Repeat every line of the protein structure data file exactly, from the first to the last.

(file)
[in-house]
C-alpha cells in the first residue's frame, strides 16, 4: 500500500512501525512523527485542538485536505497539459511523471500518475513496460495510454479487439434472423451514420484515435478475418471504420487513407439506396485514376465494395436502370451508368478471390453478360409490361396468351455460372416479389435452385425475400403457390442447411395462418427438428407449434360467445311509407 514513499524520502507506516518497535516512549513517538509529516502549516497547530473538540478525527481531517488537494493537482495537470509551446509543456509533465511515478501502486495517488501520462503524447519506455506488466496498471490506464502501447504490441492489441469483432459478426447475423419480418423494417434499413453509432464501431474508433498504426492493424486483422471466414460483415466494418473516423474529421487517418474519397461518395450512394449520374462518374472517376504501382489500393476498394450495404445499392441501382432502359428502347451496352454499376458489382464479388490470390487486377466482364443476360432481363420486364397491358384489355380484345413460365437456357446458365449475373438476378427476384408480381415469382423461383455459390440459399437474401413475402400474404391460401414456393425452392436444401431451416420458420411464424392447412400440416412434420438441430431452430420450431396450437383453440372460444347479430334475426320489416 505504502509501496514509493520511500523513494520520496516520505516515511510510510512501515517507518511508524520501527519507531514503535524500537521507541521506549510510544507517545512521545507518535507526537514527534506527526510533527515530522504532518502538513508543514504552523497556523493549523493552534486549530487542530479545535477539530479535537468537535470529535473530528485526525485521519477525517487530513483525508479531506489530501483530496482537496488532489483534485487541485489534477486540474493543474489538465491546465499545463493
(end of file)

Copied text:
[in-house]
C-alpha cells in the first residue's frame, strides 16, 4: 500500500512501525512523527485542538485536505497539459511523471500518475513496460495510454479487439434472423451514420484515435478475418471504420487513407439506396485514376465494395436502370451508368478471390453478360409490361396468351455460372416479389435452385425475400403457390442447411395462418427438428407449434360467445311509407 514513499524520502507506516518497535516512549513517538509529516502549516497547530473538540478525527481531517488537494493537482495537470509551446509543456509533465511515478501502486495517488501520462503524447519506455506488466496498471490506464502501447504490441492489441469483432459478426447475423419480418423494417434499413453509432464501431474508433498504426492493424486483422471466414460483415466494418473516423474529421487517418474519397461518395450512394449520374462518374472517376504501382489500393476498394450495404445499392441501382432502359428502347451496352454499376458489382464479388490470390487486377466482364443476360432481363420486364397491358384489355380484345413460365437456357446458365449475373438476378427476384408480381415469382423461383455459390440459399437474401413475402400474404391460401414456393425452392436444401431451416420458420411464424392447412400440416412434420438441430431452430420450431396450437383453440372460444347479430334475426320489416 505504502509501496514509493520511500523513494520520496516520505516515511510510510512501515517507518511508524520501527519507531514503535524500537521507541521506549510510544507517545512521545507518535507526537514527534506527526510533527515530522504532518502538513508543514504552523497556523493549523493552534486549530487542530479545535477539530479535537468537535470529535473530528485526525485521519477525517487530513483525508479531506489530501483530496482537496488532489483534485487541485489534477486540474493543474489538465491546465499545463493